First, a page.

Maple syrup production in southeastern N.B. lagging after icy winter, spring
Published Tuesday, April 18, 2017 1:28PM ADT
Last Updated Tuesday, April 18, 2017 1:29PM ADT
Some maple syrup producers in southeastern New Brunswick are calling it a lost year, saying production is lagging after an icy, cold winter and spring.
New Brunswick is the largest maple syrup-producing province in the Maritimes, with a seasonal value of roughly $25 million in 2015, according to Statistics Canada. But some maple camps have stopped production early, after seeing a loss of about 80 per cent this season.
Bonnie Trites, of Westmorland County’s Trites Family Sugar Bush, says they usually produce about 160 gallons of maple syrup, but this year they have produced only 20 gallons.
“This year is down about 80 per cent of what we had last year. Last year we had a really good year,” says Trites.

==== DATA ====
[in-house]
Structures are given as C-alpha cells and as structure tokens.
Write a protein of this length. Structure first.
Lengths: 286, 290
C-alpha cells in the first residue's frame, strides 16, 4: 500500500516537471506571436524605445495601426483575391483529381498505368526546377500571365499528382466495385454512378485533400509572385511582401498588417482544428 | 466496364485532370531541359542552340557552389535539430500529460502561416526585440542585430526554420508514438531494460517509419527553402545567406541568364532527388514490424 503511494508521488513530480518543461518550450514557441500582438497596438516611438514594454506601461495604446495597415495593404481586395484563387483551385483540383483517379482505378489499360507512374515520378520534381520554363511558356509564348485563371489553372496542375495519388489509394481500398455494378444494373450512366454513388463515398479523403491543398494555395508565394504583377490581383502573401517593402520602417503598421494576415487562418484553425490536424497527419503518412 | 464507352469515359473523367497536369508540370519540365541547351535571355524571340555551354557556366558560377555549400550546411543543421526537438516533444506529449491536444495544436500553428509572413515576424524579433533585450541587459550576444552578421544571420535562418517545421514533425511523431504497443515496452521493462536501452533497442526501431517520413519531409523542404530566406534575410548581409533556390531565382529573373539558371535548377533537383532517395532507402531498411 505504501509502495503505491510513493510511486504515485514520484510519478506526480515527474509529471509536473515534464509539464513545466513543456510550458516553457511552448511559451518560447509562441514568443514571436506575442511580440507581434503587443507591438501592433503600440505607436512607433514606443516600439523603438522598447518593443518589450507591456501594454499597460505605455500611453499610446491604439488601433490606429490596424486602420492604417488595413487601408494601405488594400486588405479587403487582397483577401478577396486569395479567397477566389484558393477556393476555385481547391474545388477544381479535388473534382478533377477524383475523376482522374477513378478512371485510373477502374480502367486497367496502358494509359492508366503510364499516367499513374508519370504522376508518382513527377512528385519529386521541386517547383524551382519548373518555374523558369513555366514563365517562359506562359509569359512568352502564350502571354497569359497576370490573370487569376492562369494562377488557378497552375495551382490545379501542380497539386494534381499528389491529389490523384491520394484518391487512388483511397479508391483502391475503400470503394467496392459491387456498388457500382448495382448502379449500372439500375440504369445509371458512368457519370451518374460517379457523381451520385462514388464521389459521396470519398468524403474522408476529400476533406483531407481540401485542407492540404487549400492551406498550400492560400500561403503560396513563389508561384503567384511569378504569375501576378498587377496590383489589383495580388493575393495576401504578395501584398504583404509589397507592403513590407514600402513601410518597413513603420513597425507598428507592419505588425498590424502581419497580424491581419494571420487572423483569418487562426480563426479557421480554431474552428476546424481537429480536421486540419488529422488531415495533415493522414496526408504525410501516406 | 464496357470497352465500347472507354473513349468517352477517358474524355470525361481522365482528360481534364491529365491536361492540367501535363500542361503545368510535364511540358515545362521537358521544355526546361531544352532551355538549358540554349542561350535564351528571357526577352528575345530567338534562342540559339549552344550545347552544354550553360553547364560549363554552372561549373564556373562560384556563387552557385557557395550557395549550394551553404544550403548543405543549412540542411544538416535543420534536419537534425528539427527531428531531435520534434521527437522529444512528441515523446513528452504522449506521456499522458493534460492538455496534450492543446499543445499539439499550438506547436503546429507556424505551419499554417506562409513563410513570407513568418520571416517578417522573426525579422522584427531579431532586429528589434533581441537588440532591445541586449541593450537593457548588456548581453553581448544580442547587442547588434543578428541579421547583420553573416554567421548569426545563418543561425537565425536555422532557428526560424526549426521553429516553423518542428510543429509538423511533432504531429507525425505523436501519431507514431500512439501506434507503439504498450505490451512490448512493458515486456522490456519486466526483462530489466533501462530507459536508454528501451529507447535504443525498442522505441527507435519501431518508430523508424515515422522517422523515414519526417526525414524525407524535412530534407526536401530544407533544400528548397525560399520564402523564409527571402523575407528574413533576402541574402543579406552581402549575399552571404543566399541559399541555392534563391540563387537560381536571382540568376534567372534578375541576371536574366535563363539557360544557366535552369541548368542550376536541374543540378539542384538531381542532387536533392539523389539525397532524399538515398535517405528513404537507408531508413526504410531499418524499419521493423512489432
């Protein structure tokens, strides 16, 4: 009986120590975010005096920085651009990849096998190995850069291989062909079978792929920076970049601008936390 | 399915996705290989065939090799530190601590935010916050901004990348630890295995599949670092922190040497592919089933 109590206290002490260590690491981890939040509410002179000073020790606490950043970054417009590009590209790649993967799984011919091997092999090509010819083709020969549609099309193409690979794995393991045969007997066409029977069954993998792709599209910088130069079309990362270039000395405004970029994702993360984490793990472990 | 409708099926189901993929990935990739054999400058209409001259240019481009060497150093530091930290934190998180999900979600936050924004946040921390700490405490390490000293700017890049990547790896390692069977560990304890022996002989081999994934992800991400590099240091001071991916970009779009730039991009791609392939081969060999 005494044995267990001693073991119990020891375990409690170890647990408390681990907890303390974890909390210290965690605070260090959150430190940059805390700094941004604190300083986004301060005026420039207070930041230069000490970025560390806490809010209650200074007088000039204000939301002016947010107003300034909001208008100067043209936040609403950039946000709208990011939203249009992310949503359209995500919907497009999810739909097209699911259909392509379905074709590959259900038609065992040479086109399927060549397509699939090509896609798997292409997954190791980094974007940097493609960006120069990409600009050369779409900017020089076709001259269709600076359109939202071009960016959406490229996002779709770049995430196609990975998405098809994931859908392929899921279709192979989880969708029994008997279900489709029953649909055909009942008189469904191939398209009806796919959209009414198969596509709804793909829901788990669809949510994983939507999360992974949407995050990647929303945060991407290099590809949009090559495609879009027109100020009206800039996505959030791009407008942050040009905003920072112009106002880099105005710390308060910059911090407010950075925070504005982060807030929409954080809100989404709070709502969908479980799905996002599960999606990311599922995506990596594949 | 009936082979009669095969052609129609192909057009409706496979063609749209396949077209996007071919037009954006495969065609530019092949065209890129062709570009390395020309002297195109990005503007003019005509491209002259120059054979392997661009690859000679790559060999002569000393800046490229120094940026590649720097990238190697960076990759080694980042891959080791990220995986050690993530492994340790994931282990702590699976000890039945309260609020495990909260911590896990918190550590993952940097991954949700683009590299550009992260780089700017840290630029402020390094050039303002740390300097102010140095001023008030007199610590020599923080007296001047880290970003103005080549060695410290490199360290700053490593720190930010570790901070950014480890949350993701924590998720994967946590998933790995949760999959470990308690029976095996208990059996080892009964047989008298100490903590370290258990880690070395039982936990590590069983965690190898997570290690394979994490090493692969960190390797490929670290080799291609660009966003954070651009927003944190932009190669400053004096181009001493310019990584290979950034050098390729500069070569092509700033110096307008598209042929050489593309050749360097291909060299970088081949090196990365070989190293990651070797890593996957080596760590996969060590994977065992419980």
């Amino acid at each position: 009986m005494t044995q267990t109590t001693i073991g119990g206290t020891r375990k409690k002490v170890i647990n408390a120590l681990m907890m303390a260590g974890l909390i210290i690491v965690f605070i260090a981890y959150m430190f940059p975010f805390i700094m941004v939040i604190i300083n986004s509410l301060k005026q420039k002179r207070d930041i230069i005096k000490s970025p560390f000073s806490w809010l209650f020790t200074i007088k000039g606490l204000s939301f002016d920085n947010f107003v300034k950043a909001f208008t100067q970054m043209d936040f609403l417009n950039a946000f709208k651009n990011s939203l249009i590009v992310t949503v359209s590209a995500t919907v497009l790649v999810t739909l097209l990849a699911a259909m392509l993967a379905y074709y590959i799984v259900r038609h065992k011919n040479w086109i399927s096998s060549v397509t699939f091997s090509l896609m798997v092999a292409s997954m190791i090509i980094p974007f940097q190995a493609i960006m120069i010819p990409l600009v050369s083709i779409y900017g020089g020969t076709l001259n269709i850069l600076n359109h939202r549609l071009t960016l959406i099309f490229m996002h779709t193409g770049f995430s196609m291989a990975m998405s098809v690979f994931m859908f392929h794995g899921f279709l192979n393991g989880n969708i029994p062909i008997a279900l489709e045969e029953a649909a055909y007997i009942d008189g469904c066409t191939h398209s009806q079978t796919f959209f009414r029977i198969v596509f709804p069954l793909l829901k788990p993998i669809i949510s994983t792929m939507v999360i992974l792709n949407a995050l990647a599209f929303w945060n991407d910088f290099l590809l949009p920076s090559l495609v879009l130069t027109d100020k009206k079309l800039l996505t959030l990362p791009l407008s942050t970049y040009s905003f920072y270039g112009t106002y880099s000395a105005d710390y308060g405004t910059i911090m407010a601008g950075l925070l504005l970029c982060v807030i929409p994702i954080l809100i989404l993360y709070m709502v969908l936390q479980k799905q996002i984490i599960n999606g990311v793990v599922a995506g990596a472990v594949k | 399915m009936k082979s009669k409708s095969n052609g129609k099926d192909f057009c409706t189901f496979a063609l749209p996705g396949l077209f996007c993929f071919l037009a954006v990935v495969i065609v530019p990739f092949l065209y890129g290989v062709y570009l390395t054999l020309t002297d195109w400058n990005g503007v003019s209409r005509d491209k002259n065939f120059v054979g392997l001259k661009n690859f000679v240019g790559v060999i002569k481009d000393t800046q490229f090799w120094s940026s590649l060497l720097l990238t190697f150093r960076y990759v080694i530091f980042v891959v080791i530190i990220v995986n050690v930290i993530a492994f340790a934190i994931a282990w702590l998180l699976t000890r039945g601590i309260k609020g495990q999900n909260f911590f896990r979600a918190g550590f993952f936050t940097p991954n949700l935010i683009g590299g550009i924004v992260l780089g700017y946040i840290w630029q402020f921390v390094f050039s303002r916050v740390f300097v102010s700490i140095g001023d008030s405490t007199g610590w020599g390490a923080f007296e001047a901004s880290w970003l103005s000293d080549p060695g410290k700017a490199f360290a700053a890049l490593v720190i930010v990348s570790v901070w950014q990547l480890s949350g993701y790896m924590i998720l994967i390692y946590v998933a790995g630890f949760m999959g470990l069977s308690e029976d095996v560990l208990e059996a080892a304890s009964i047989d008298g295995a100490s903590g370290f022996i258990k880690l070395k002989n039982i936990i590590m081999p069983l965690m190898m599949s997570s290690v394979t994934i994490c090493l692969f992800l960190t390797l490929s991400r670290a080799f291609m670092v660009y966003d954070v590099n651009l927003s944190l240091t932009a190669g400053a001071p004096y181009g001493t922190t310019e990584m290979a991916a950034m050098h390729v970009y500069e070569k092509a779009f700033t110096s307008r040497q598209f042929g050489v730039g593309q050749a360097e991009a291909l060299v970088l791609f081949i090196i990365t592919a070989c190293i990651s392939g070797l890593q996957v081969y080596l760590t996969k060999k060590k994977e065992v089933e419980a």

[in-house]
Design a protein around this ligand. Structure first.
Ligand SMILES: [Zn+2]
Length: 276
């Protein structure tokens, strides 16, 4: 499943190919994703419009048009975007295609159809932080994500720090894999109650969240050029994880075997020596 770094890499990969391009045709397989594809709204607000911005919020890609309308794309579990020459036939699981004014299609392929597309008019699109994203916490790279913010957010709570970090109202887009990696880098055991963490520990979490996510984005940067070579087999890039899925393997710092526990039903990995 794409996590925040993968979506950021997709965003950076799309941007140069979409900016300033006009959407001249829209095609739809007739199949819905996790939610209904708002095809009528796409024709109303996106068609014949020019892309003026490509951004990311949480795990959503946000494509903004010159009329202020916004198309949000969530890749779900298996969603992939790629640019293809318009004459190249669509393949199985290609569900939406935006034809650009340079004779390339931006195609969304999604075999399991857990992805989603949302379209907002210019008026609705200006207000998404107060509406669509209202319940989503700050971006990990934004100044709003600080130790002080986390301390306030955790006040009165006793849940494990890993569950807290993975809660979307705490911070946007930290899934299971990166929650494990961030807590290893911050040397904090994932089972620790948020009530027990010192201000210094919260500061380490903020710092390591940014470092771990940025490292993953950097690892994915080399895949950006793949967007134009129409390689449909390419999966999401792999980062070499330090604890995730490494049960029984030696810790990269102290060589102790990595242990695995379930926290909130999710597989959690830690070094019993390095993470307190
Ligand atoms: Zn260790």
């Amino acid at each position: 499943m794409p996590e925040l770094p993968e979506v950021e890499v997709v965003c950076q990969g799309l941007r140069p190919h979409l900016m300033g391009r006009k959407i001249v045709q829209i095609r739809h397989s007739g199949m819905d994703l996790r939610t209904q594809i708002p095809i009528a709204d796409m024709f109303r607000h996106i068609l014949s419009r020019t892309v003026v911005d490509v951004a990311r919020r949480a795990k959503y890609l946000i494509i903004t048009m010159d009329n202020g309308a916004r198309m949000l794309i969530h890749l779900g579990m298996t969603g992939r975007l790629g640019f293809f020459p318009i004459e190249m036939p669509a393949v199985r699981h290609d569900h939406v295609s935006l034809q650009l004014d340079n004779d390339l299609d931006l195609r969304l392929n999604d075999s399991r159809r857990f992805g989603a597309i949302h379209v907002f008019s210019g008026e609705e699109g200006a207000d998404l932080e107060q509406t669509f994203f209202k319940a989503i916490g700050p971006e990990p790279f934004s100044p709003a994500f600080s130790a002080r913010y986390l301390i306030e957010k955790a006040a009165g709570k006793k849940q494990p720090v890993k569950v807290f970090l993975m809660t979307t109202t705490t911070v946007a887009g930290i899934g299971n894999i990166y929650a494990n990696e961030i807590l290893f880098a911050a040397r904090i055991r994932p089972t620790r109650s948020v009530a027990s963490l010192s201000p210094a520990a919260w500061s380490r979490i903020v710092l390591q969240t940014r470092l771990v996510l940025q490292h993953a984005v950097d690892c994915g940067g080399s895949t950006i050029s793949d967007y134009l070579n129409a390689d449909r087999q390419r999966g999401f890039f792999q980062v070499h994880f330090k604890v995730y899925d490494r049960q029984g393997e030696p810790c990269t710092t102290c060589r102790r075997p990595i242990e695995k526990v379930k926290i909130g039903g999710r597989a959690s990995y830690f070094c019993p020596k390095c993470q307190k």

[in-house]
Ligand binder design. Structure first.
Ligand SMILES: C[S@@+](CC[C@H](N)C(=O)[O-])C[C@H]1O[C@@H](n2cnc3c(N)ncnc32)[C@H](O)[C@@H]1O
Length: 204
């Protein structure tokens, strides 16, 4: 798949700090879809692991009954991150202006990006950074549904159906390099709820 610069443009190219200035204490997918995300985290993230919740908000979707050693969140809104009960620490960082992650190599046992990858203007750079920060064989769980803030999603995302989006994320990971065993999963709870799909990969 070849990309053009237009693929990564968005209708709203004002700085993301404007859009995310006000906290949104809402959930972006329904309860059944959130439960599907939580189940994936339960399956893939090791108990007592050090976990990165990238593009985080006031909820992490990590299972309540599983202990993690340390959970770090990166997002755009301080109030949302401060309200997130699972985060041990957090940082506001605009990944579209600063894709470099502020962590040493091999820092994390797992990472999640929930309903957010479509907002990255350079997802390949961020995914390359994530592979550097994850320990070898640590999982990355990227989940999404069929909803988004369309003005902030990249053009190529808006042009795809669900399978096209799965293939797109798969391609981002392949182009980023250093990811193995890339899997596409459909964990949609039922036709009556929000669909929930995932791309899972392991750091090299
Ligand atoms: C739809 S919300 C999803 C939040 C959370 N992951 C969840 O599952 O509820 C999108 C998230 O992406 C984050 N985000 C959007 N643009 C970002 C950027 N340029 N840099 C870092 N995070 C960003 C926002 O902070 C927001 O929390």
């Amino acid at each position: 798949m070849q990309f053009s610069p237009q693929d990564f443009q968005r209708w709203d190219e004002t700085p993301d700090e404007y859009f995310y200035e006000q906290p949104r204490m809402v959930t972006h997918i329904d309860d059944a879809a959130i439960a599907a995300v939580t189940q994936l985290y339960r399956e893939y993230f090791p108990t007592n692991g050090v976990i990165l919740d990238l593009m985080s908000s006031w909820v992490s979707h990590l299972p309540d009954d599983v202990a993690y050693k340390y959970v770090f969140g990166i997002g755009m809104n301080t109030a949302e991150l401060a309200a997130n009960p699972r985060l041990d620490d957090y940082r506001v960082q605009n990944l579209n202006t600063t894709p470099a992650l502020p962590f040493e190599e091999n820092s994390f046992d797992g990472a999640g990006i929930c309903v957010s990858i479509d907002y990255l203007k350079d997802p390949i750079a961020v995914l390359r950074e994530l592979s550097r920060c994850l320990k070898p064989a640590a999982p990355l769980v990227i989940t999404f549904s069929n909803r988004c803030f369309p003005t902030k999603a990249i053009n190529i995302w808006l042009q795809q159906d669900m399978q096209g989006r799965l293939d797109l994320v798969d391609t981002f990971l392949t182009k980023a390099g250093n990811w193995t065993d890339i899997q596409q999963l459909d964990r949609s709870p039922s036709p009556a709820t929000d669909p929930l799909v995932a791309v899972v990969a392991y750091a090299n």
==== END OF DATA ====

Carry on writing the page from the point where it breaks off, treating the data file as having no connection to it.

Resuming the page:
“It’s because of our temperatures. We were looking for the freeze at night and the thaw in the daytime. It just stayed cold, where now it’s getting warm and staying warm.”
In addition to the lost production is the cost of the cleanup following January’s devastating ice storm – a bill that is running into the thousands for Trites. She says the next few months will be spent cleaning up debris.
“We had snow right after, and while the snow was here, maple season happened, so everything stops during maple season and you look after the maple trees,” she says.
In Albert County, David Briggs of Briggs Maples says his business is seeing about half the amount of sap flowing through his lines this season.
“The warm weather has turned the syrup to a darker colour and that usually indicates the end of the season,” says Briggs, whose family has been in the maple syrup business for generations.
Briggs plans to keep his taps open for another week or so, hoping to catch the last drops of the season.
“We’re anticipating some cooler temperatures this week, we might get a few more days, squeeze a few more days out of it hopefully this week,” he says.
To make up for the dip in production, Briggs is importing more syrup from northern New Brunswick, and tapping into the surplus he stored from last year’s bumper crop. He says that should be enough to carry him through the year.
With files from CTV Atlantic's Jonathan MacInnis